However, after what happened tonight (as well as what happened to me once in college, walking the far more dangerous streets of Dublin one night, having to defuse a potentially devastating situation in which a car full of five obviously high guys were aggressively trying to convince me to get in the car with them to go to a party), I realize that the fear that street harassment can inspire in women, while not being the central problem, is still one that is important to discuss.

The end point is this: at best, harassing a stranger in the street will make them feel annoyed and angry, as well as a little uncomfortable. At worst, it can cause them to panic and fear for their safety or lives. Considering all of this, what reasons do you have for harassing people on the street? Do you think it's just harmless fun, a dare amongst your friends? Are your reasons for doing this worth what you are putting them through?

Or perhaps are your reasons for doing these things precisely to passive aggressively cause these emotions in women? If so I have to ask, why?

What the fuck is your problem?

Monday, July 30, 2012

Thoughts On: Defensible Arrogance

I have mentioned before that I have a friend that is struggling to accept the fact that she is losing her faith, and so I suggested that she read The God Delusion by Richard Dawkins, a book I know has helped a lot of people in her same position. The other day she tells me that she is having a very hard time reading it, because despite the fact that she agrees with much of what he says, the arrogant tone with which he says it is putting her off. “There are millions of people around the world that have faith”, she told me, “are you saying that they are all stupid? Are you presuming that you are more intelligent than all of those people, that they have nothing worthwhile to contribute to the philosophical conversation, that you are smarter than all of them, simply because they believe?” Now I do not presume to speak for Richard Dawkins and I do not know how he would answer this specific question (though I am sure there are some videos of him responding to similar questions floating around, as he is often accused of this smugness), but there are a few points of contention that I would like to bring up.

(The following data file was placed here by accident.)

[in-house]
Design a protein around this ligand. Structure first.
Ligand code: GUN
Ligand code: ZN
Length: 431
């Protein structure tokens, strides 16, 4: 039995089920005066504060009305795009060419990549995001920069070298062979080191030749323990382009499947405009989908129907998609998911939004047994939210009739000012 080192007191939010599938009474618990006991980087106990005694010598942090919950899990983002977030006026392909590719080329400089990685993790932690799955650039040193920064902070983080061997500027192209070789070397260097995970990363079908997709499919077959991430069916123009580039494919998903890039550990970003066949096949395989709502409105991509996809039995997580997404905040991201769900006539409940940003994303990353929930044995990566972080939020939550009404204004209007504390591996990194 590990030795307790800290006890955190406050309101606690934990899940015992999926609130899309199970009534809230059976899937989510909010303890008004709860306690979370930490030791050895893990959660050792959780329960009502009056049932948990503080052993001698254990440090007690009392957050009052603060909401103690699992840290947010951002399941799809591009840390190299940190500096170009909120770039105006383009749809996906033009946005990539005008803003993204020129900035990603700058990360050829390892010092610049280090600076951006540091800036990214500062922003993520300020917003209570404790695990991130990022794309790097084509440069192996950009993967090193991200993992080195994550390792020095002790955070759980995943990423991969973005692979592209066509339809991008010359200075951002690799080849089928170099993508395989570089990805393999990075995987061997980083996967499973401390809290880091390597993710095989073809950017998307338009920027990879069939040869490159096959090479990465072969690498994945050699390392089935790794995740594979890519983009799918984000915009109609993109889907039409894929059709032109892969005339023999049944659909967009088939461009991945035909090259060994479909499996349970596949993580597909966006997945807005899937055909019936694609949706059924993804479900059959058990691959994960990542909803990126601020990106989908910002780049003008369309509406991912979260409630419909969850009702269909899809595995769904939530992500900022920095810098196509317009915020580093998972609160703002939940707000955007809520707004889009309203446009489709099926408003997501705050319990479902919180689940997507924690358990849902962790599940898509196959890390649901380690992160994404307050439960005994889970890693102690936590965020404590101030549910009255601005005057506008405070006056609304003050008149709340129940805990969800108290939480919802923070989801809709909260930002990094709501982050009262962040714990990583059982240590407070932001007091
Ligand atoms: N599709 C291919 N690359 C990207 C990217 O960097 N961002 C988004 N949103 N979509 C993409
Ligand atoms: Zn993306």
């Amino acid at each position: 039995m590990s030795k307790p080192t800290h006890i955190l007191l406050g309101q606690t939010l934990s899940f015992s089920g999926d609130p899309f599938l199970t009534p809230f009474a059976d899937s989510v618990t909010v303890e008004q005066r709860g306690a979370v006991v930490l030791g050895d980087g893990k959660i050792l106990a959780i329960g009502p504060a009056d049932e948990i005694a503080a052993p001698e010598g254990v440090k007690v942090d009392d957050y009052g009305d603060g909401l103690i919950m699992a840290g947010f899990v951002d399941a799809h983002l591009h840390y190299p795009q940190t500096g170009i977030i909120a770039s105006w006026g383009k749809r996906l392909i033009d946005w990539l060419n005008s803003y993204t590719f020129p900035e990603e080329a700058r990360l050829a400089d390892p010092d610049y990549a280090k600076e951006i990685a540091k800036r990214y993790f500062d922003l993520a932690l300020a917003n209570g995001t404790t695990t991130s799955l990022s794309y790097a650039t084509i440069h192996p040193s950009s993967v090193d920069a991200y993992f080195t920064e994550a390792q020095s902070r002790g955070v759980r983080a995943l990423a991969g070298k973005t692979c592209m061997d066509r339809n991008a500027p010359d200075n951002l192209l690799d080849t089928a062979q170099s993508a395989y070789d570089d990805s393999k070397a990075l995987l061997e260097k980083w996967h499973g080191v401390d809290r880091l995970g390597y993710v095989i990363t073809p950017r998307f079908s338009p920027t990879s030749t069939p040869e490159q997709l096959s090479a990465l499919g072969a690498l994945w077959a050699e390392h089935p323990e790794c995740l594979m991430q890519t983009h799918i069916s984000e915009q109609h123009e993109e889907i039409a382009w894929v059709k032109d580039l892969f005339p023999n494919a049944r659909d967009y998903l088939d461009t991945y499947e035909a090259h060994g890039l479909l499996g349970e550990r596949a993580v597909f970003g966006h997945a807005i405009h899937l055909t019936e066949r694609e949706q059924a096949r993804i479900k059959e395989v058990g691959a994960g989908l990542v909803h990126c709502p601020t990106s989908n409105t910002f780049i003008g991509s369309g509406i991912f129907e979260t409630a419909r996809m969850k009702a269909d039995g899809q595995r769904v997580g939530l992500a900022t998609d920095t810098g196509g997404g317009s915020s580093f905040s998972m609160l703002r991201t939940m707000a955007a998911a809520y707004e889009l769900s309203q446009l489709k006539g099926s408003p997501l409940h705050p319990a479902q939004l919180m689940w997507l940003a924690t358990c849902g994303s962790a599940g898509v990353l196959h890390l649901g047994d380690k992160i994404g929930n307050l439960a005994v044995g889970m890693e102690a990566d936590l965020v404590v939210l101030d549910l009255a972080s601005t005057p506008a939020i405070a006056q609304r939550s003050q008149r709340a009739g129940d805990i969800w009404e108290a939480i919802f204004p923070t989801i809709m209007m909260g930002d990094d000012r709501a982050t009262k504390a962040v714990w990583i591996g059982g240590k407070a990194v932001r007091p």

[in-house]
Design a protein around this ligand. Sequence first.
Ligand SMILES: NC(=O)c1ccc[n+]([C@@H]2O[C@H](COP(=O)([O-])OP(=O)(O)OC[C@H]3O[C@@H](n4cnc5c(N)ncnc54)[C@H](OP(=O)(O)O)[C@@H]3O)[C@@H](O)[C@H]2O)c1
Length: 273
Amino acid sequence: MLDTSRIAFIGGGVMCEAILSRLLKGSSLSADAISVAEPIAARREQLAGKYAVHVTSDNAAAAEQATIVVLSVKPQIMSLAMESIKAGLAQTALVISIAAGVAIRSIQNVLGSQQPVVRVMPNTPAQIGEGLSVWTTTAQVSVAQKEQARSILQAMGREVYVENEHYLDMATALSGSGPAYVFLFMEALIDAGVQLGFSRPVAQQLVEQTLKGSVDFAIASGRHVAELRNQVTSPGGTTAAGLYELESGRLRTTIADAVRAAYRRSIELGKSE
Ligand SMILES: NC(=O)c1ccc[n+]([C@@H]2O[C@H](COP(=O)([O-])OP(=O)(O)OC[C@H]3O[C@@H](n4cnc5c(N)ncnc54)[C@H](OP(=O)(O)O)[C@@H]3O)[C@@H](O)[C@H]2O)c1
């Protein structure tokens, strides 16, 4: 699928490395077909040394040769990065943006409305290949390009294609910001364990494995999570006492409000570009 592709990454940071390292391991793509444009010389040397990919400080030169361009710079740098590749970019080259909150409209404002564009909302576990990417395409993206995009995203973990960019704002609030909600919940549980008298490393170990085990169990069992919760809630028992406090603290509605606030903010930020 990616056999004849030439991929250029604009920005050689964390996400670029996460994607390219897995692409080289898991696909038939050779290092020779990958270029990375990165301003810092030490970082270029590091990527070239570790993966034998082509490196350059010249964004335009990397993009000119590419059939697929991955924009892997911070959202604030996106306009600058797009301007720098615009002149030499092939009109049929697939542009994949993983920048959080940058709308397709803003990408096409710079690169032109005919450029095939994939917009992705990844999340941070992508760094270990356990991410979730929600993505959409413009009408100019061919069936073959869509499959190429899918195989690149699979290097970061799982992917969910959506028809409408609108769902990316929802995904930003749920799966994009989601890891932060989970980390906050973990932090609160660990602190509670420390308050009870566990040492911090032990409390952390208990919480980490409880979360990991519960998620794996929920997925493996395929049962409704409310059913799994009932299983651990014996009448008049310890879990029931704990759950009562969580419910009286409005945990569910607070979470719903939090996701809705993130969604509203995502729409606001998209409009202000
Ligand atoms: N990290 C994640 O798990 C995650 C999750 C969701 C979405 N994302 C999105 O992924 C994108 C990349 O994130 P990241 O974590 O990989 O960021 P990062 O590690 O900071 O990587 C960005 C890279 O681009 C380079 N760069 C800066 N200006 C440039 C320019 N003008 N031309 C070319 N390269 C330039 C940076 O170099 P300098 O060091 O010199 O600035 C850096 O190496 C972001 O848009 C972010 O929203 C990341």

First of all, I pointed out that The God Delusion is a book about the reasons why one should not believe, and that if there is a believer with something to offer they are by no means prohibited from putting forth an argument in contradiction to something in the book and hashing it out. Secondly I pointed out that the “smug” tone of the book would not be nearly so criticized if he was taking shots at Bigfoot believers, reptilian conspiracy theorists or AIDS denialists. She agreed with me on both points, but still maintained that the tone of the book is something that is unnecessary and off-putting.

I am not going to sit here and pretend that Richard Dawkins has no arrogant or smug bone in his body, that is not true and I am perfectly aware of it. I also realize that I was talking to someone that wont be derisive to anyone, not even the stupidest idea alive will make her snarky towards them, so this was not an issue of putting religion on a pedestal. However, here comes one of my extended analogies to address her initial question: there are millions of believers around the globe, are you saying that they are all stupid?